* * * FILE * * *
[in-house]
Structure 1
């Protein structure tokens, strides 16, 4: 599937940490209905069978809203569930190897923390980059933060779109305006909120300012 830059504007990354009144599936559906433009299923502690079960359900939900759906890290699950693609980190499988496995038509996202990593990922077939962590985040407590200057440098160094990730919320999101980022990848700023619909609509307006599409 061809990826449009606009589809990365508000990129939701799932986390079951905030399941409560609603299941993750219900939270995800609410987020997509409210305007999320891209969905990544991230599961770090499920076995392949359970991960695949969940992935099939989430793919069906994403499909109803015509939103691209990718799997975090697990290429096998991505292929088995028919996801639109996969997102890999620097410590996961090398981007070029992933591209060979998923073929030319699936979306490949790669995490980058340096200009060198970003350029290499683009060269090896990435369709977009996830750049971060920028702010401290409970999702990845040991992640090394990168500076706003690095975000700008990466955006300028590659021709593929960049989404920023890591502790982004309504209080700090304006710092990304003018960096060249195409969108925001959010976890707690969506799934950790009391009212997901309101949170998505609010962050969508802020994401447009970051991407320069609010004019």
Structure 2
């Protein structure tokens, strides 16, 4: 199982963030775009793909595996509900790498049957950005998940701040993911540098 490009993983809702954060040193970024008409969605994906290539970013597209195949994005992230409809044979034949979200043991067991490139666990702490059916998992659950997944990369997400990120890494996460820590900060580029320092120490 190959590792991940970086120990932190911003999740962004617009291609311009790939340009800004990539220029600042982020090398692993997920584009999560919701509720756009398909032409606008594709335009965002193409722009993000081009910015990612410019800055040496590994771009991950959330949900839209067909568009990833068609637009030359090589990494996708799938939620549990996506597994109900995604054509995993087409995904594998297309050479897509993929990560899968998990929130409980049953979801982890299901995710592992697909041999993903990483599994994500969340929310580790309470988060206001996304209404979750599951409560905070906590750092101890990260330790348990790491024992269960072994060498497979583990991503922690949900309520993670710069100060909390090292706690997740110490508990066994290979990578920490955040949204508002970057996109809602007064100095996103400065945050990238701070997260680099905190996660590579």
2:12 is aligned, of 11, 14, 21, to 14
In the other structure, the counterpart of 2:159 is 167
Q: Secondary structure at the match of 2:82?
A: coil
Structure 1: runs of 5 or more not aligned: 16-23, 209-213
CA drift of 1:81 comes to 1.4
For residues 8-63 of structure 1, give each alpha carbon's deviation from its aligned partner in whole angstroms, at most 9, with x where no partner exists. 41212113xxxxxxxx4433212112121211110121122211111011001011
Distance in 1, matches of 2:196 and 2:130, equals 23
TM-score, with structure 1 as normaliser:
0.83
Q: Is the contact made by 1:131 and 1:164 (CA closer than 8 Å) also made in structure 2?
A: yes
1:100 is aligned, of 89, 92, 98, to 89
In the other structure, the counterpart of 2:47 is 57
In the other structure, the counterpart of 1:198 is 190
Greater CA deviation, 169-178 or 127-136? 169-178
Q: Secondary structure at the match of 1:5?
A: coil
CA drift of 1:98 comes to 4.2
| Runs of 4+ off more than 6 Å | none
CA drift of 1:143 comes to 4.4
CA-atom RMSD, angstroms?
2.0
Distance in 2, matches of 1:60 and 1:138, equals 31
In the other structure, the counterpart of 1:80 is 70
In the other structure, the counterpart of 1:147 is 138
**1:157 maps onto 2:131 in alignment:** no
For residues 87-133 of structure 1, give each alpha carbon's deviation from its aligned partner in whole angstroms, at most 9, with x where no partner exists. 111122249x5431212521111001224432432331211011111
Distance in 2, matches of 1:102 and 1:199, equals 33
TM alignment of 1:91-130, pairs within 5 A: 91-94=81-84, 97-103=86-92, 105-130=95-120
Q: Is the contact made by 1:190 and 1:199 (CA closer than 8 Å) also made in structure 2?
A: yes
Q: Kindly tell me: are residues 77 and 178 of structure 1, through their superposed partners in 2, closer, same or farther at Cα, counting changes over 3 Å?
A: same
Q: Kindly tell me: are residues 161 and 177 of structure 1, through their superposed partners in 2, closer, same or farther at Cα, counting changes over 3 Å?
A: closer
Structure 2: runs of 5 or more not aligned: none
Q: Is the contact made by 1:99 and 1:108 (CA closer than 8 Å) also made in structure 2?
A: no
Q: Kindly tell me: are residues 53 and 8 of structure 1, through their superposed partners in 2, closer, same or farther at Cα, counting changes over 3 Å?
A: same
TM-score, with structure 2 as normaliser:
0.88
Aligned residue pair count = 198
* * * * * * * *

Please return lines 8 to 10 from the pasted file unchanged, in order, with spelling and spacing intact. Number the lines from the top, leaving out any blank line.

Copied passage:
Q: Secondary structure at the match of 2:82?
A: coil
Structure 1: runs of 5 or more not aligned: 16-23, 209-213